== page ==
After natural resources, the next great shaper of boom towns was the automobile. Making and operating cars required steel, glass, rubber, and gasoline. New industries formed, others expanded, and old and new towns grew too quickly for managed growth. Places like Flint, Detroit, Dearborn, Akron, and Gary exploded in the 1920s. Forty-one percent of the new-town residents were foreign-born. Shanty towns, much like the “rag towns” of the Old West, appeared, and water and air pollution became widespread. Homes were strewn helter-skelter along muddy, unpaved streets. Only gradually, after the Depression, did rows of frame houses with porches, lawns, and backyards replace the ugliness of boom towns brought on by the automobile era.

The automobile itself also created a kind of boom town. Some, like Los Angeles, sprang up because the car not only brought people west but essentially enabled the spread-out city to exist. The auto allowed new towns to develop as planned and unplanned suburban communities. Thousands of these communities appeared on the American landscape after World War II. These “packaged suburbs” were often planned by government (like the greenbelt towns of the New Deal); organized by builders (like the Levittowns in Pennsylvania and New York); or built by land developers (like Columbia, Maryland, or Reston, Virginia). Boom towns continue to develop in the Sunbelt and Rocky Mountain states because of recreational opportunities, new technological industries, and casino gambling.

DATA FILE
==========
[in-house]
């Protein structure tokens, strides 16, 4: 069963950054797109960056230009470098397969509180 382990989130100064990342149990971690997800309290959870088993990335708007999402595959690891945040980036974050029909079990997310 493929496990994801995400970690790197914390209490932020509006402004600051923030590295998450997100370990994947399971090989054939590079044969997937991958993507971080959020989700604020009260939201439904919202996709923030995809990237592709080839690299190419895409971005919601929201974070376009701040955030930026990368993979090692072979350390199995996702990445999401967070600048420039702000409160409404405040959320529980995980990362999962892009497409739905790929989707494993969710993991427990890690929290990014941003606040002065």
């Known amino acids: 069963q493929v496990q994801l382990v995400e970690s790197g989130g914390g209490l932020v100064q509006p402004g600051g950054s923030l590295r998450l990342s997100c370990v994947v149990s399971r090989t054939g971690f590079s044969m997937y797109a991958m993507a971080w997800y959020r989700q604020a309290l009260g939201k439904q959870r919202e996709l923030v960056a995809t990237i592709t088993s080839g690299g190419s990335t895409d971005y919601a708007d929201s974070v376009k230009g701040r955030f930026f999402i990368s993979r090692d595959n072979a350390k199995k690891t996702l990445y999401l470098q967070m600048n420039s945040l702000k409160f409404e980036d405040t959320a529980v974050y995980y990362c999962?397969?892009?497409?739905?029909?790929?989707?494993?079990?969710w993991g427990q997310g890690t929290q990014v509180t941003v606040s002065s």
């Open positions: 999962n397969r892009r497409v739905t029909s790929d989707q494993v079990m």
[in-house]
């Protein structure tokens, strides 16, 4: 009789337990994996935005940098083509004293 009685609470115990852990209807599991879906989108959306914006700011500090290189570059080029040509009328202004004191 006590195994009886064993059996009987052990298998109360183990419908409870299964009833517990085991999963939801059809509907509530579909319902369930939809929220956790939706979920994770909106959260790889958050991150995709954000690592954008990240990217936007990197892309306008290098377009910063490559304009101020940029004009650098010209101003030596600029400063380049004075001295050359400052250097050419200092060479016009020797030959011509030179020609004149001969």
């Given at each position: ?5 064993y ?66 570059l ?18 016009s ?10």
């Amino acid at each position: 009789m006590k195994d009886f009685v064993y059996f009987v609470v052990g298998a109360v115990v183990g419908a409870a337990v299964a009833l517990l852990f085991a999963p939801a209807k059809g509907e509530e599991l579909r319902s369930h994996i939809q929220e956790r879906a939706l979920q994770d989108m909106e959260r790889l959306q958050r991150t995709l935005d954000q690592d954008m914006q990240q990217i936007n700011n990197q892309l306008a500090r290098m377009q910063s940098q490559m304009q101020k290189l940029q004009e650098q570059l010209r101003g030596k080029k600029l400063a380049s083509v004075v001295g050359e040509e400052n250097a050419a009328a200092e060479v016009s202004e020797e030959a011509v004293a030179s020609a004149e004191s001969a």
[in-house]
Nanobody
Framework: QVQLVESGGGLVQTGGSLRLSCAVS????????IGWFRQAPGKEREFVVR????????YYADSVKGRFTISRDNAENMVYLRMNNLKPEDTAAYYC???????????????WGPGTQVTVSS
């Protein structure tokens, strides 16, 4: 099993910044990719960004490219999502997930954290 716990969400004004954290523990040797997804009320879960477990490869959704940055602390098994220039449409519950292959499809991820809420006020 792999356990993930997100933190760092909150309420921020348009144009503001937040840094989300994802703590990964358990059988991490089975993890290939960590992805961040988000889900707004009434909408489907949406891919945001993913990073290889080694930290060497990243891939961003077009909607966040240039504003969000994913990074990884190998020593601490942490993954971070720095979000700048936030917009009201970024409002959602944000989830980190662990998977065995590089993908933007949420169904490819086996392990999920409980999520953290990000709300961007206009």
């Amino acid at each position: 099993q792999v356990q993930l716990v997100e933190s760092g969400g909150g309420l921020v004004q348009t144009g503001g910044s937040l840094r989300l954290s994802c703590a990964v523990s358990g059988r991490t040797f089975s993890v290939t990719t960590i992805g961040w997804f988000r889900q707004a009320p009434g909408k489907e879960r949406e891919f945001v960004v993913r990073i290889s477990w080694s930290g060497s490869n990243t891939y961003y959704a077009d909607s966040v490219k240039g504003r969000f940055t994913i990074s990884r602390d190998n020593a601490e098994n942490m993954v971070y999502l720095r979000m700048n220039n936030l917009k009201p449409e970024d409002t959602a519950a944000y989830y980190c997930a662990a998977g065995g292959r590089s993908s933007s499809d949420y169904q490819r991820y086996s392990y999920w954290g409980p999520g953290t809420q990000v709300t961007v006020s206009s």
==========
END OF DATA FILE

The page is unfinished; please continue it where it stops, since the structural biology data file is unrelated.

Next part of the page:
Although the boom-town experience was often short-lived, residents of boom towns characteristically displayed a feeling of optimism and hope for the future. At the outset, boom towns were often chaotic as they experienced rapid, inconvenient growth and development. The people learned to tolerate necessary adjustments as well as a host of different newcomers. Often seeking an escape from the rapid changes of urban society, residents of boom towns brought with them a conservatism that resisted fundamental change. For the most part, boom towns transplanted the traditional cultures and institutional structures of prior experiences. A few survived the boom-town experience, especially when new industries or technology were located there, but most boom towns, if they did not become ghost towns, clung to traditional institutional patterns and very quickly imitated older, established communities.